To stray from the definition of what “they “ want is to risk being rejected in a double sense. There is a “moral” force behind this urge to conform. The girl who is critical of the stereotype presented to her can be condemned not simply like a boy as a rebel but as a slut as well. The latter is much more difficult to cope with. There is still the whole dirty, frightened, patronising world behind slut, tart, old slag, nymphomaniac, dolly, bird, chick, bit of stuff, bit of crumpet, old bag, silly cow, blue stocking. These words have no male equivalents.
The girl who for some reason breaks away intellectually is in a peculiarly isolated position. She finds herself straddled across a great gulf, which grows wider, while she is pulled both ways. A most perilous and lonely condition, comparable to that of a black or working class militant. In the process of becoming interested in ideas she finds herself to some extent cut off from other girls and inclines naturally towards boys as friends. They do more interesting things, discuss wider topics. She really defines herself as a boy. Other girls appear curious and rather boring, passive and accepting. She has little to say to most of them. The social contempt in which women are led confirms this. She is constantly being told she is “quite good for a girl”. Femininity becomes synonymous with frivolity, stupidity and narrowness. It seems obviously better to be a man. Doesn’t she feel like a man, do their things, talk their talk. It is natural for her to define her situation in terms of a kind of sub-maness.
They tell us what we are.
The image is constantly reaffirmed. The book she reads and the films she sees are almost invariably by men. The women characters created by them, however sympathetically and with whatever intuit understanding, must of necessity be the projection of their response towards women. One is simply not conscious of men writers or men film makers. They are just writers, just film makers. The reflected image for women they create will be taken straight by women themselves. These characters “are” women.
Throughout this process the educated girl probably takes her “emancipation” as being beyond question, not worth even starting discussing. The suffragettes happened a long time ago. Men will readily accept her as different, an exception, an interesting diversion. She lives in fact as a man. There might be a hint of strain over her virginity, a flicker of doubt, the discovery of a strange duplicity lurking still in men. But no connection is obvious. She cannot see a condition of women.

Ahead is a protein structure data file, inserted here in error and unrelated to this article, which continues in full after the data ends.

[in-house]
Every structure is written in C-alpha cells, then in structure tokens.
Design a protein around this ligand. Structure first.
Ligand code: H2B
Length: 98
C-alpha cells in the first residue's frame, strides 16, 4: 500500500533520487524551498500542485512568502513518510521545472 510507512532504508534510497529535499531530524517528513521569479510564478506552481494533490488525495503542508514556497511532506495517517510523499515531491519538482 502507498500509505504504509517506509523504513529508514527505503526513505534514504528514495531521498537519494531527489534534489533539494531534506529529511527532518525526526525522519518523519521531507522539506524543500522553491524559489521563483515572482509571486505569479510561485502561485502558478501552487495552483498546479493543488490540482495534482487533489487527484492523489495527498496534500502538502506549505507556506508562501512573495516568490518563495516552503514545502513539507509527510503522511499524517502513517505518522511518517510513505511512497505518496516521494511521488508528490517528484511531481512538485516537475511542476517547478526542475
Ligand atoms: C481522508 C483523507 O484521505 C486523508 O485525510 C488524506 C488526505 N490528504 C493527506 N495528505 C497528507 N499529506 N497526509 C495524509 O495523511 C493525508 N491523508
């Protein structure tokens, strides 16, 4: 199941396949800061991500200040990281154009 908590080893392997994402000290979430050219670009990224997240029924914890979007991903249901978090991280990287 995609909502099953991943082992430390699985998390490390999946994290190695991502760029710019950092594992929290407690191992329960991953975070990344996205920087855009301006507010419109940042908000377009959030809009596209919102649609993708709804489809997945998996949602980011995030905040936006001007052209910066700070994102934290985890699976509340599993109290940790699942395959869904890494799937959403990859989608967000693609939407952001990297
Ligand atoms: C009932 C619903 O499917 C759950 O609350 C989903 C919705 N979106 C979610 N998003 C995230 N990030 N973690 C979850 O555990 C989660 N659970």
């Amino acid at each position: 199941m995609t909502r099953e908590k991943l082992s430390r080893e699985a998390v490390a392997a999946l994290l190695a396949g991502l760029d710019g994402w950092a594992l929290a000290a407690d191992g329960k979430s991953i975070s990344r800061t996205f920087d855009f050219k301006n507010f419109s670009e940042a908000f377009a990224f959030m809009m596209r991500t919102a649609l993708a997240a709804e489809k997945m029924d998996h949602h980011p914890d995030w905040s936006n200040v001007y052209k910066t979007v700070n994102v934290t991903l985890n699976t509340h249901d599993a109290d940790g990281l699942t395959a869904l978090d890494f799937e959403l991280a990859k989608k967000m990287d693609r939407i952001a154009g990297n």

It is not until she becomes older, grows less decorative, has babies. That the rather deep cracks in the gloss of “emancipation” appears. She has the rest of her life to explore the limits and ambiguities of her “freedom”.
And what a spurious freedom.
We walk and we talk and think as living contradictions. Most of us find the process too painful and not surprisingly settle for limited liberated areas. We give up struggling on every front and ease into a niche of acceptance.
We become the educated housewife desperately searching for dignity and fulfilment through ever more elaborate cooking recipes or constant redecorate schemes, suspicious and defensive about women who are unmarried women or women who work.
Or the occupational variant of this Proopism doing a womanly womaness to a very male style. They are of course simply avoiding the issue in a peculiarly complicit and false way.
Obversely we become the popular (distorted) image of the suffragette. A tweedy sensibly shod battle axe with a severe hair style and a deep voice, advancing aggressively on the male world and the board room. The sexual corollary of this the retreat into lesbianism.
Both share a profound distaste for the male. Emancipation is doing without men.
Our other retreat is into sexuality. Because women have traditionally been deprived of the power to make “free” choice, our bodies have been part of somebody else’s belongings., we prove that we have control, that we are liberated simply by fucking. But if the definition of our constraint is not extended beyond sexuality we are only entrammelled in a greater bondage. We may not be choosing but reacting, ironically under the compulsion of our real subordination. We could be expressing in our sexual life the very essence of our secondariness and the destructive contradictions in our consciousness, through the inability to meet and communicate and love with a man at every level. The same “free” woman could still expect men to pay for her, buy her expensive presents. She must of course be excessively preoccupied with her appearance and regard other women’s men as fair game. After all she needs constantly the reassurance that she is wanted and beautiful because only through these is she capable of defining her freedom. We shelter as well as retreat. We take refuge behind the privilege of class and education, using the manner and accent of the rulers to secure respect and serious consideration, a protected dignity at the expense of the working class, and a protected liberation based on the underpaid labour of an au pair.
Most of us live a particular combination of these or run the whole gamut knowing them for subterfuge – at certain moments struggling through and beyond them all. But it seems that capitalism condemns all people to live deceitfully. How can we be expected to live otherwise?